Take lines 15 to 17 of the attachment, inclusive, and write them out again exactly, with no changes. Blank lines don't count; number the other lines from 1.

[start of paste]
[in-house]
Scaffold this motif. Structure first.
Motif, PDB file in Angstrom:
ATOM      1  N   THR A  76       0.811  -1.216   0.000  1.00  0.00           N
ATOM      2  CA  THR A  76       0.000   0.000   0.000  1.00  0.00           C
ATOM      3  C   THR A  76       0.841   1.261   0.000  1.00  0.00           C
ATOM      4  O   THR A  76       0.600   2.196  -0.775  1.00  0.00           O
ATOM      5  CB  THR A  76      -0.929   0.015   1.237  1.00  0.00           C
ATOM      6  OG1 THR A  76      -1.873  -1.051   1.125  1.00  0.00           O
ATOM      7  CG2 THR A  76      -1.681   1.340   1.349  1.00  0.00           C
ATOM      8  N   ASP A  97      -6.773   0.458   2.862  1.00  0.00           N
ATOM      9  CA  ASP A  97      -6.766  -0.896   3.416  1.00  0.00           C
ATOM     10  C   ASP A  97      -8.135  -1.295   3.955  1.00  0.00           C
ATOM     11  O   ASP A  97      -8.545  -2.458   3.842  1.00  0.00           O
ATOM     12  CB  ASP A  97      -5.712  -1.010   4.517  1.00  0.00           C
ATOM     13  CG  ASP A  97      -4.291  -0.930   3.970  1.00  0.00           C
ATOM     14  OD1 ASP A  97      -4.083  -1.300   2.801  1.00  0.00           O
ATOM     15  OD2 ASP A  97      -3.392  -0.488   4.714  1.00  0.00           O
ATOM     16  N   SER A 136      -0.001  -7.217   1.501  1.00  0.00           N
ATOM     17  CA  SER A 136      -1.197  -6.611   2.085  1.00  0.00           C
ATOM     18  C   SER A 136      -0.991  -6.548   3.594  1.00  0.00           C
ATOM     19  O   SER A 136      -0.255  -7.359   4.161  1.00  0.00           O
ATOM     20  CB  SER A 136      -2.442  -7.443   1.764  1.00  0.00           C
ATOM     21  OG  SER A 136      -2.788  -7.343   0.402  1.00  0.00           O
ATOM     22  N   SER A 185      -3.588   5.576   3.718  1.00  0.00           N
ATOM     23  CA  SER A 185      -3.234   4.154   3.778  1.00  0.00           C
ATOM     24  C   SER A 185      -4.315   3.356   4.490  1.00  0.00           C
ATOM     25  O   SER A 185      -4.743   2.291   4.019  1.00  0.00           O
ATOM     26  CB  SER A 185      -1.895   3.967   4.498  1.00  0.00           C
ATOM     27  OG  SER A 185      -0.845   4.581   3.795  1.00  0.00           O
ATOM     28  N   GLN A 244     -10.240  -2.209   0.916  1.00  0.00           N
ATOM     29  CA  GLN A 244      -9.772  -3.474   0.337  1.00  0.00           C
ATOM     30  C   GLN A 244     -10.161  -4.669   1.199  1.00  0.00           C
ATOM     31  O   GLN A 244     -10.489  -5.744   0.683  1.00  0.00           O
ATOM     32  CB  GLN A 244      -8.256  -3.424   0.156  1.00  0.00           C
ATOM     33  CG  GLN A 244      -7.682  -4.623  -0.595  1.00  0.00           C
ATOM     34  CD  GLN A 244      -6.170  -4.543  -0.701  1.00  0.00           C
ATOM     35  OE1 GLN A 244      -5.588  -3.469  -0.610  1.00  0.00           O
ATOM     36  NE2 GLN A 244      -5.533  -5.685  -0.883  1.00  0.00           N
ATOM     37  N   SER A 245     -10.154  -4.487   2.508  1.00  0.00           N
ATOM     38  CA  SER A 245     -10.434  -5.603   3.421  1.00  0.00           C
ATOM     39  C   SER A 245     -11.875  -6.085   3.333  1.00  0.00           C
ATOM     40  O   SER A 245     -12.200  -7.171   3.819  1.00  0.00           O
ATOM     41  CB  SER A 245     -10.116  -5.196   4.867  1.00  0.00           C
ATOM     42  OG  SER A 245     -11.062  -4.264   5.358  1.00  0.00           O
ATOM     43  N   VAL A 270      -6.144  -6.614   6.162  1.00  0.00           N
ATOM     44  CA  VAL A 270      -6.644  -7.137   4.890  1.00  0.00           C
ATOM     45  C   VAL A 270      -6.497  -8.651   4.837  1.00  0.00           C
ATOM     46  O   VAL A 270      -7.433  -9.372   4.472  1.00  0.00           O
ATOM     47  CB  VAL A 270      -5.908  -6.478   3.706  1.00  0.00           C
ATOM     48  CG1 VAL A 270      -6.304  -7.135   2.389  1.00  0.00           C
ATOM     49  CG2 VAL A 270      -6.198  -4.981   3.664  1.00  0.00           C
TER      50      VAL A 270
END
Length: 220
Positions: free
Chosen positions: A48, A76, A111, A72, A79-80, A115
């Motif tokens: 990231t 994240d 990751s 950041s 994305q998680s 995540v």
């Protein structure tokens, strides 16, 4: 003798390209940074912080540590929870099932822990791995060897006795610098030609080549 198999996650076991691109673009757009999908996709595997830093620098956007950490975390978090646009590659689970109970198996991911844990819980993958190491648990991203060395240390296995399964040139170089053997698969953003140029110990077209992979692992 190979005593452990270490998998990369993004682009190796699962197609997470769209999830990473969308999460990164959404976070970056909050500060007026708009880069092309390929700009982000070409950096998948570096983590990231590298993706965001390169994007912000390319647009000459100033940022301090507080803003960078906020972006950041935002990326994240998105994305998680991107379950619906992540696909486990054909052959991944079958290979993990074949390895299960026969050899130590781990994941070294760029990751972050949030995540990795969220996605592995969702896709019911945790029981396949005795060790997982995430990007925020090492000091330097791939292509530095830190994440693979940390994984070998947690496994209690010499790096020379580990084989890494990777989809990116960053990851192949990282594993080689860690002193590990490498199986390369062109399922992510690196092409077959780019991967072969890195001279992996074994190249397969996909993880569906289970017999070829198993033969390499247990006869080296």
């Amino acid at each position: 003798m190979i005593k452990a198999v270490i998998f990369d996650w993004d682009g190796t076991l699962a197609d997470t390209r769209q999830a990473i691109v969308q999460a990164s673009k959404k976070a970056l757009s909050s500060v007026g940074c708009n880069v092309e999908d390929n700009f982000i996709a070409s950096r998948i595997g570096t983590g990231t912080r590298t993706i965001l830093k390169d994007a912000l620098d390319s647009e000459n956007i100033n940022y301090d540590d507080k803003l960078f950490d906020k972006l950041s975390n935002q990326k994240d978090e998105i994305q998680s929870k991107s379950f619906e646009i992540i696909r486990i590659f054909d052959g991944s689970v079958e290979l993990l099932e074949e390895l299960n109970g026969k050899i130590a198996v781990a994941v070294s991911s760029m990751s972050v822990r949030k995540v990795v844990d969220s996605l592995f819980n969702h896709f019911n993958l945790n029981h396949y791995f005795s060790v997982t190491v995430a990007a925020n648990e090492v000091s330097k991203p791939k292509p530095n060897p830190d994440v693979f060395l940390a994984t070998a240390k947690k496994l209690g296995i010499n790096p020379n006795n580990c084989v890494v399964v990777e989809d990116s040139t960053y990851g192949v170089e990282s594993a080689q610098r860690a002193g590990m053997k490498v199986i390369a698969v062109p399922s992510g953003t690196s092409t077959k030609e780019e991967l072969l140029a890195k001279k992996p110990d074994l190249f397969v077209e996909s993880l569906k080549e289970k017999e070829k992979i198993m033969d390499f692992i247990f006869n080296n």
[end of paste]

ATOM     12  CB  ASP A  97      -5.712  -1.010   4.517  1.00  0.00           C
ATOM     13  CG  ASP A  97      -4.291  -0.930   3.970  1.00  0.00           C
ATOM     14  OD1 ASP A  97      -4.083  -1.300   2.801  1.00  0.00           O